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On the progenitors of local group novae. II. the red giant nova rate of M31

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Article number143
<mark>Journal publication date</mark>28/01/2016
<mark>Journal</mark>The Astrophysical Journal
Issue number2
Volume817
Number of pages14
Publication StatusPublished
<mark>Original language</mark>English

Abstract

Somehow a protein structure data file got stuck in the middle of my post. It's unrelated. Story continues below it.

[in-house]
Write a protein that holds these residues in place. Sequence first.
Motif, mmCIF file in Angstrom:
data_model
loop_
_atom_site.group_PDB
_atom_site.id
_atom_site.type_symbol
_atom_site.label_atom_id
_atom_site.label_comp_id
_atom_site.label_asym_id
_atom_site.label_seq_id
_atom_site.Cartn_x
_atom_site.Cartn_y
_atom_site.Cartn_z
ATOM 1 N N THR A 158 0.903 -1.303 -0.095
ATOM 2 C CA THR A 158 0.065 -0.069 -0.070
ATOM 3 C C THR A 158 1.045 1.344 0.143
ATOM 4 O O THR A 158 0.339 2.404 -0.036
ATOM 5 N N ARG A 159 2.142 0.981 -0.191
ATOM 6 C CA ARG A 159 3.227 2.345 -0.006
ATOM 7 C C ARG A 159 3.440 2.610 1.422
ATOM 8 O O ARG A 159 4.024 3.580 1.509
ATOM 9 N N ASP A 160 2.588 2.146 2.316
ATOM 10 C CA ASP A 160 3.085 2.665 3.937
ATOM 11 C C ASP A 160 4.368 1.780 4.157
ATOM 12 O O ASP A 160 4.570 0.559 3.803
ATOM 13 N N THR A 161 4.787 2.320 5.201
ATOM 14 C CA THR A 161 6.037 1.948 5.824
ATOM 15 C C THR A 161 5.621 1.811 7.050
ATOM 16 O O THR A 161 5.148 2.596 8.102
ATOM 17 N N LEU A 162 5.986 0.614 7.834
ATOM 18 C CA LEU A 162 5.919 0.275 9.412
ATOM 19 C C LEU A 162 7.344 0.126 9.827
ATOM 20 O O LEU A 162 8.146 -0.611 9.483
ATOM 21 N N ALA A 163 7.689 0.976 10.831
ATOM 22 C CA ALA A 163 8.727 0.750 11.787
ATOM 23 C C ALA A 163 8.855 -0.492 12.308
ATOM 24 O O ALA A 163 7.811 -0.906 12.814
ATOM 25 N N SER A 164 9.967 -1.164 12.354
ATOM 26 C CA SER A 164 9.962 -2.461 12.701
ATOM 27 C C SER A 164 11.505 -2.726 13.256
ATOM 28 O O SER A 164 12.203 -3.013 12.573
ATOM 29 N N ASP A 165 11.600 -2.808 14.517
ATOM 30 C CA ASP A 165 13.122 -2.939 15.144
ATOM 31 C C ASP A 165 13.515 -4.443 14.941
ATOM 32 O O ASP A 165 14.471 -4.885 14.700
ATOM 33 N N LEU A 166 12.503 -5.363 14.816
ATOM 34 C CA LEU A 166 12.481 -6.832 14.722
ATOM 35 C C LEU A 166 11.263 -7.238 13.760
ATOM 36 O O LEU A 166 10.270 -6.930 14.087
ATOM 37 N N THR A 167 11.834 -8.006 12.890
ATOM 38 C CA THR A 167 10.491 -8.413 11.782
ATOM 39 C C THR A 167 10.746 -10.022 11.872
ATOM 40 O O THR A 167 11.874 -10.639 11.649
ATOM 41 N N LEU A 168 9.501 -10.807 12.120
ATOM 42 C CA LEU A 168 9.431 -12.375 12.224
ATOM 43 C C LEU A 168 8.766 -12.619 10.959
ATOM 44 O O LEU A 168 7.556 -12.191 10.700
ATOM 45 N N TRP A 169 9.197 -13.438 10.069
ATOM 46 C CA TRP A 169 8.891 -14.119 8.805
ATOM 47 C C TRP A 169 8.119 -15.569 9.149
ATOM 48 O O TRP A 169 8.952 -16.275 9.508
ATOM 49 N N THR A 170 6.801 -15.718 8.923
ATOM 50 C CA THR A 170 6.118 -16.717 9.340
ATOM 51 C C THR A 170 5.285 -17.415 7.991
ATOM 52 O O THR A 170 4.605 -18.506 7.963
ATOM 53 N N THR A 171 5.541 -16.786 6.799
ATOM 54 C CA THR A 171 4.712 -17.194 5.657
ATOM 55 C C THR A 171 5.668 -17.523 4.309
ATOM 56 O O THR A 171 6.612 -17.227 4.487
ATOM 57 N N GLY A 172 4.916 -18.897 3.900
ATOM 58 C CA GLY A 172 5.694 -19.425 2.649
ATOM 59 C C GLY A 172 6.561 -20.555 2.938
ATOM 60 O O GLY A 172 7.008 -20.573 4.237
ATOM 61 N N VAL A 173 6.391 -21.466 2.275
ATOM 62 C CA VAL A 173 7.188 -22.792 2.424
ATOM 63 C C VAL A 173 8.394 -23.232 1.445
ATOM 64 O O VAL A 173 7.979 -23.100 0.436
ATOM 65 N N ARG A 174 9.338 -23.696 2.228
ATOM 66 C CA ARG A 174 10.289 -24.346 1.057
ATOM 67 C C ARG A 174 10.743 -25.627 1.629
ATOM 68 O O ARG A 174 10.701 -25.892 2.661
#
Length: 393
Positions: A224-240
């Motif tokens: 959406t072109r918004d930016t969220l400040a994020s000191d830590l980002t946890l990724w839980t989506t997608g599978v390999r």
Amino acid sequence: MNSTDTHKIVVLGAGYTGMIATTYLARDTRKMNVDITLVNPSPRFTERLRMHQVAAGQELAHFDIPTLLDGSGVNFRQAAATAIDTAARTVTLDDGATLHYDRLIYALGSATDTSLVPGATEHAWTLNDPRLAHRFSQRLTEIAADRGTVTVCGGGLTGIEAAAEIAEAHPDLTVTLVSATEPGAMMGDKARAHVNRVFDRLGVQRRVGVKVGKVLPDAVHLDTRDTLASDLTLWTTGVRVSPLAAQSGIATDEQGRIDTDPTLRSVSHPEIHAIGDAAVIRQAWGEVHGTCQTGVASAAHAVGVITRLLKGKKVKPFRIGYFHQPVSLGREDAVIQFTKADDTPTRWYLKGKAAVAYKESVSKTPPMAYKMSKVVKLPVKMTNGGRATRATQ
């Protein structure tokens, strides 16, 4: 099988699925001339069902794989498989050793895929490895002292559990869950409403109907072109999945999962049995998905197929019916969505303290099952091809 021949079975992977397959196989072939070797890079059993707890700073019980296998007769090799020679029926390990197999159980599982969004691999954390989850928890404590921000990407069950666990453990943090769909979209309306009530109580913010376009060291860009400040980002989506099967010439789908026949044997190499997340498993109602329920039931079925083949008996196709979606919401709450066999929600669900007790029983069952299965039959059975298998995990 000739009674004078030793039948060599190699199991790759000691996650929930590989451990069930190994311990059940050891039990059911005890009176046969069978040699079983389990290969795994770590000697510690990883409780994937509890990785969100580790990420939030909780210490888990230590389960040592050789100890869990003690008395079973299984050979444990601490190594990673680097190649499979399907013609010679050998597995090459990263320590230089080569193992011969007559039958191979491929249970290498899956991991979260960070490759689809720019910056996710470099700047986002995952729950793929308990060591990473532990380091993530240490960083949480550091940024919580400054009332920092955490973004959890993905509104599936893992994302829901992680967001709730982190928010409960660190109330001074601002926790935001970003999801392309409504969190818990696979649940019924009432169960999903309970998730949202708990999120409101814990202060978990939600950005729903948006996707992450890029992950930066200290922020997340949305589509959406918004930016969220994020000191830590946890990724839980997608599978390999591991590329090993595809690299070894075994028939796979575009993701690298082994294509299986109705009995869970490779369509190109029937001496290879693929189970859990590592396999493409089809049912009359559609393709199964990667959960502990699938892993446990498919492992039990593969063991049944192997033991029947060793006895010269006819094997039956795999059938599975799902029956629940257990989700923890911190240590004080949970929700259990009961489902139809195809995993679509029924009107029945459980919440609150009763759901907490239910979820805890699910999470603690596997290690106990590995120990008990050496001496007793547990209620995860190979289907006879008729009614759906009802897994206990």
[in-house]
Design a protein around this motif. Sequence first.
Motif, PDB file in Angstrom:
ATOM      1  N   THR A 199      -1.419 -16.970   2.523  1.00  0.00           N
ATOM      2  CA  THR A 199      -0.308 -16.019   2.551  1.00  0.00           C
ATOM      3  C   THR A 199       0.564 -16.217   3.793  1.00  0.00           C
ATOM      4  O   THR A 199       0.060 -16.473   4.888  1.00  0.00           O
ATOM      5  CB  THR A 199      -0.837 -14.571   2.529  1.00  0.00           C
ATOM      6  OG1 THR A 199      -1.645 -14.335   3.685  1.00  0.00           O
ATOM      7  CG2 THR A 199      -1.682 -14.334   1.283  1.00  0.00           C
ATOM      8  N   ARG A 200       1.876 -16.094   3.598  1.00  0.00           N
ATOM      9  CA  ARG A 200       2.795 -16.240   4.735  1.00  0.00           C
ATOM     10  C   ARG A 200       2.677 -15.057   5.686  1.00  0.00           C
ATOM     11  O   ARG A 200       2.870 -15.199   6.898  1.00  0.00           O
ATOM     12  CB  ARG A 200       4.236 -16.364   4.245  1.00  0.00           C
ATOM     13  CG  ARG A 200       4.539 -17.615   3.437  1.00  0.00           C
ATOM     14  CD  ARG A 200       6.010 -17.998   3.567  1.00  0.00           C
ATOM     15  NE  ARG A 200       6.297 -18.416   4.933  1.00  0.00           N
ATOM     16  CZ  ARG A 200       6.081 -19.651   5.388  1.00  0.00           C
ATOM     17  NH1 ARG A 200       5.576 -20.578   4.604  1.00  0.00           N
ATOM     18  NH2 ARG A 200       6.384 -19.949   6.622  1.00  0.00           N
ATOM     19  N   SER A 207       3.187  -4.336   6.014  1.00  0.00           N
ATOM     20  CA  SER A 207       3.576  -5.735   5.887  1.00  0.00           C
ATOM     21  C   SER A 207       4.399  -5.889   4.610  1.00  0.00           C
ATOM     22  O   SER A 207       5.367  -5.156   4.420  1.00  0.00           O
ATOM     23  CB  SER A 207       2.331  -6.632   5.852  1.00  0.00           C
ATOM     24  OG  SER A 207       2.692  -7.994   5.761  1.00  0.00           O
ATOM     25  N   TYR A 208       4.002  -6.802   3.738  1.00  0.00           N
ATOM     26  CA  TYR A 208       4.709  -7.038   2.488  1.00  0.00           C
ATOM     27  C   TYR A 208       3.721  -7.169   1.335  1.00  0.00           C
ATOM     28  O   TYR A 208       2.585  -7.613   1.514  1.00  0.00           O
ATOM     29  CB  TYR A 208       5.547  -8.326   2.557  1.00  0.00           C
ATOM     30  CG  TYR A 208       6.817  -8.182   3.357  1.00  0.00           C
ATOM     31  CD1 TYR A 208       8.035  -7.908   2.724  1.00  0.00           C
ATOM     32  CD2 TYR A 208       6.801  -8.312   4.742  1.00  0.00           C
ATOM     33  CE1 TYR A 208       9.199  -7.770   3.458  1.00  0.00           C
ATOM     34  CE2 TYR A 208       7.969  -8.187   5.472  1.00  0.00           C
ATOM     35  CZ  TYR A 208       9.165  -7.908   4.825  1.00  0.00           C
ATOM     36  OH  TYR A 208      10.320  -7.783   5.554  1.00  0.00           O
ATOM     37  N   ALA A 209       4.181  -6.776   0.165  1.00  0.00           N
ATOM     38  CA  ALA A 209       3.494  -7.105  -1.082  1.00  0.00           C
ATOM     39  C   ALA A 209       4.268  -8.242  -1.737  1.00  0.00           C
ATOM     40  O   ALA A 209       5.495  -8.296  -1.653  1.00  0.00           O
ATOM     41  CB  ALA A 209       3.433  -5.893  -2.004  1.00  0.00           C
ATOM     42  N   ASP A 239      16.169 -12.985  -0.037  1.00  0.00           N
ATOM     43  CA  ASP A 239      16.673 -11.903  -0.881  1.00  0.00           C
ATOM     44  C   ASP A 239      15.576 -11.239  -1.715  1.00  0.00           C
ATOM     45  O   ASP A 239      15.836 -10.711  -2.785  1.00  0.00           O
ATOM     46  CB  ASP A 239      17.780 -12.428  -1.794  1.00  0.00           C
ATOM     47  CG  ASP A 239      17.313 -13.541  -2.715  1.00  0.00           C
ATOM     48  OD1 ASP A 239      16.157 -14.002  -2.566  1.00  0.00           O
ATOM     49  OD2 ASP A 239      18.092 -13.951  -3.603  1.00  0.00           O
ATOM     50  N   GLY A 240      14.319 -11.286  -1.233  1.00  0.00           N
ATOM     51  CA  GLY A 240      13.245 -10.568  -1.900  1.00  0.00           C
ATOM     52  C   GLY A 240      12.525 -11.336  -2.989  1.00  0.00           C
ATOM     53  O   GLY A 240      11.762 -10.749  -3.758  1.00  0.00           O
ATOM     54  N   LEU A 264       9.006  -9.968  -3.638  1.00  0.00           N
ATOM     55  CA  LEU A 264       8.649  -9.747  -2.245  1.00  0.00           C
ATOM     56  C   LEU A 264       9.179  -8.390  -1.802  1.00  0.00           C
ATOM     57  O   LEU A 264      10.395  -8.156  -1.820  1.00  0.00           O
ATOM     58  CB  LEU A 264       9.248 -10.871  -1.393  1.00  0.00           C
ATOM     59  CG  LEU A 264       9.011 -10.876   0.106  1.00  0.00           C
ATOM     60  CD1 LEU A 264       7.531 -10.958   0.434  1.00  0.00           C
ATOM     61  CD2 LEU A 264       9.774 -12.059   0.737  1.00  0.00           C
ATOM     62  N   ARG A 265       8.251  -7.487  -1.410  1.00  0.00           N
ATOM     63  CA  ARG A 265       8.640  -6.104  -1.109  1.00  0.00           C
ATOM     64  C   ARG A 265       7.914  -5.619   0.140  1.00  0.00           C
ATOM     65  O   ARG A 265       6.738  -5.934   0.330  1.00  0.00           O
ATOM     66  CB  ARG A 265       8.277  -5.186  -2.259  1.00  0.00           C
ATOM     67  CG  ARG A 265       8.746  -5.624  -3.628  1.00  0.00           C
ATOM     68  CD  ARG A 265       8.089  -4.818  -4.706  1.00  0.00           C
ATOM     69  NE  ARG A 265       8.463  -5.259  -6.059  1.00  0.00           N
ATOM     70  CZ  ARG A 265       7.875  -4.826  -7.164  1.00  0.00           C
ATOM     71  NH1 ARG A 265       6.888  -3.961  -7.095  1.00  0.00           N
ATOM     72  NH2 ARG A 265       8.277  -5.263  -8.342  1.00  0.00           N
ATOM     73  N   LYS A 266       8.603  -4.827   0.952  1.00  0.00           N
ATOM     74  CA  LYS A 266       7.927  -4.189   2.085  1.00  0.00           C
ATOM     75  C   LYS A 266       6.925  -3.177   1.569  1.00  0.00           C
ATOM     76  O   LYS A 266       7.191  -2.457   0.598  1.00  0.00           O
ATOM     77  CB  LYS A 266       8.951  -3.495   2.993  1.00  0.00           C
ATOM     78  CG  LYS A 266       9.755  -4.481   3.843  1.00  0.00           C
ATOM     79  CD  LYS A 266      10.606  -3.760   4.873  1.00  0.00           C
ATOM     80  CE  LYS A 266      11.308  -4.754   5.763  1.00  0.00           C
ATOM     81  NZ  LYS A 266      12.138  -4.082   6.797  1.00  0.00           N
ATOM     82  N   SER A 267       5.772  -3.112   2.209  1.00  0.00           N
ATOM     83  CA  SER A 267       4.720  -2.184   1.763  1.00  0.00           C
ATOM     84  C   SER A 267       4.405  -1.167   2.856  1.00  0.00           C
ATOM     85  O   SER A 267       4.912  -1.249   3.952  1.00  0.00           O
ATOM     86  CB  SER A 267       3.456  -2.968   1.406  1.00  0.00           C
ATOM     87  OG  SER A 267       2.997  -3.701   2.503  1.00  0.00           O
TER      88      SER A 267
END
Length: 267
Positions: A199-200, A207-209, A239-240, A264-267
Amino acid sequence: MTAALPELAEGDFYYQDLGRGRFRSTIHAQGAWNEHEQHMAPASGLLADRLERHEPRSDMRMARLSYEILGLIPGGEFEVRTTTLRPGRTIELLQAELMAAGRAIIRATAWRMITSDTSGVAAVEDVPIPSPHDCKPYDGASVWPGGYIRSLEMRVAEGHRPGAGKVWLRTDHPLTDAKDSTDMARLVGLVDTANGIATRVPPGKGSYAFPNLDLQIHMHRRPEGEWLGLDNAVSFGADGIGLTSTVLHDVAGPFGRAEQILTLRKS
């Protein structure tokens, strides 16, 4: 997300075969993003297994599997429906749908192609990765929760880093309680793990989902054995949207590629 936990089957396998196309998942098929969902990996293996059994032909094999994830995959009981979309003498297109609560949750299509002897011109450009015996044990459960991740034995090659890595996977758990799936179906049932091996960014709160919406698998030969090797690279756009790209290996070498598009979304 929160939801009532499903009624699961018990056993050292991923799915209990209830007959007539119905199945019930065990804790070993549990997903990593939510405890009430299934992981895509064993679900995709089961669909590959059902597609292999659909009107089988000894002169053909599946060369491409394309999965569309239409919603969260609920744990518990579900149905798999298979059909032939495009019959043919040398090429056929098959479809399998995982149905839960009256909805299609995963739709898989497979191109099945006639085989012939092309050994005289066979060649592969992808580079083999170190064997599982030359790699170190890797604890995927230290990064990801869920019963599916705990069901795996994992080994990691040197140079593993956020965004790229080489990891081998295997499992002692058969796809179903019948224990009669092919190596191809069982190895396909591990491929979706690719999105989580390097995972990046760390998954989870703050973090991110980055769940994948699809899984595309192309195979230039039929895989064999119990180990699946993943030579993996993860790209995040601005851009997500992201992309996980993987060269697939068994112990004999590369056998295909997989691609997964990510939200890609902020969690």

In our preceding paper, Liverpool Telescope data of M31 novae in eruption were used to facilitate a search for their progenitor systems within archival Hubble Space Telescope (HST) data, with the aim of detecting systems with red giant secondaries (RG-novae) or luminous accretion disks. From an input catalog of 38 spectroscopically confirmed novae with archival quiescent observations, likely progenitors were recovered for eleven systems. Here we present the results of the subsequent statistical analysis of the original survey, including possible biases associated with the survey and the M31 nova population in general. As part of this analysis we examine the distribution of optical decline times (t(2)) of M31 novae, how the likely bulge and disk nova distributions compare, and how the M31 t(2) distribution compares to that of the Milky Way. Using a detailed Monte Carlo simulation, we determine that 30 (+13/-10) percent of all M31 nova eruptions can be attributed to RG-nova systems, and at the 99 percent confidence level, >10 percent of all M31 novae are RG-novae. This is the first estimate of a RG-nova rate of an entire galaxy. Our results also imply that RG-novae in M31 are more likely to be associated with the M31 disk population than the bulge, indeed the results are consistent with all RG-novae residing in the disk. If this result is confirmed in other galaxies, it suggests any Type Ia supernovae that originate from RG-nova systems are more likely to be associated with younger populations, and may be rare in old stellar populations, such as early-type galaxies.